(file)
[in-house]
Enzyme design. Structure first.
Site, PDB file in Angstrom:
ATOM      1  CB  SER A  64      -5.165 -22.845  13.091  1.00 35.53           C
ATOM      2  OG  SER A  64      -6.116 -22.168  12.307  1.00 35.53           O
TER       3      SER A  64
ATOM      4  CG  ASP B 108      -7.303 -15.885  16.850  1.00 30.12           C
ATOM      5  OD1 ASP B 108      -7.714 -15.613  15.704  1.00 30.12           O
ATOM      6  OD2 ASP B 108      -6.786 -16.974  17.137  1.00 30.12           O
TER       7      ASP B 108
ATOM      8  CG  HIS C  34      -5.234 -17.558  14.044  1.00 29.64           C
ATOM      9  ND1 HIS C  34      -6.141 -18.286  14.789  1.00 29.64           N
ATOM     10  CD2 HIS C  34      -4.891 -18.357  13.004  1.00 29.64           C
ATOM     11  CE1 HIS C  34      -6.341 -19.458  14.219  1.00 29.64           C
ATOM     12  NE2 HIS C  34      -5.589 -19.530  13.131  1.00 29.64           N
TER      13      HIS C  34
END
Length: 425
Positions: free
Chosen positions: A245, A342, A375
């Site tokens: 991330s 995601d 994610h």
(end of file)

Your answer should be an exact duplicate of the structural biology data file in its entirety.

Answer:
[in-house]
Enzyme design. Structure first.
Site, PDB file in Angstrom:
ATOM      1  CB  SER A  64      -5.165 -22.845  13.091  1.00 35.53           C
ATOM      2  OG  SER A  64      -6.116 -22.168  12.307  1.00 35.53           O
TER       3      SER A  64
ATOM      4  CG  ASP B 108      -7.303 -15.885  16.850  1.00 30.12           C
ATOM      5  OD1 ASP B 108      -7.714 -15.613  15.704  1.00 30.12           O
ATOM      6  OD2 ASP B 108      -6.786 -16.974  17.137  1.00 30.12           O
TER       7      ASP B 108
ATOM      8  CG  HIS C  34      -5.234 -17.558  14.044  1.00 29.64           C
ATOM      9  ND1 HIS C  34      -6.141 -18.286  14.789  1.00 29.64           N
ATOM     10  CD2 HIS C  34      -4.891 -18.357  13.004  1.00 29.64           C
ATOM     11  CE1 HIS C  34      -6.341 -19.458  14.219  1.00 29.64           C
ATOM     12  NE2 HIS C  34      -5.589 -19.530  13.131  1.00 29.64           N
TER      13      HIS C  34
END
Length: 425
Positions: free
Chosen positions: A245, A342, A375
């Site tokens: 991330s 995601d 994610h």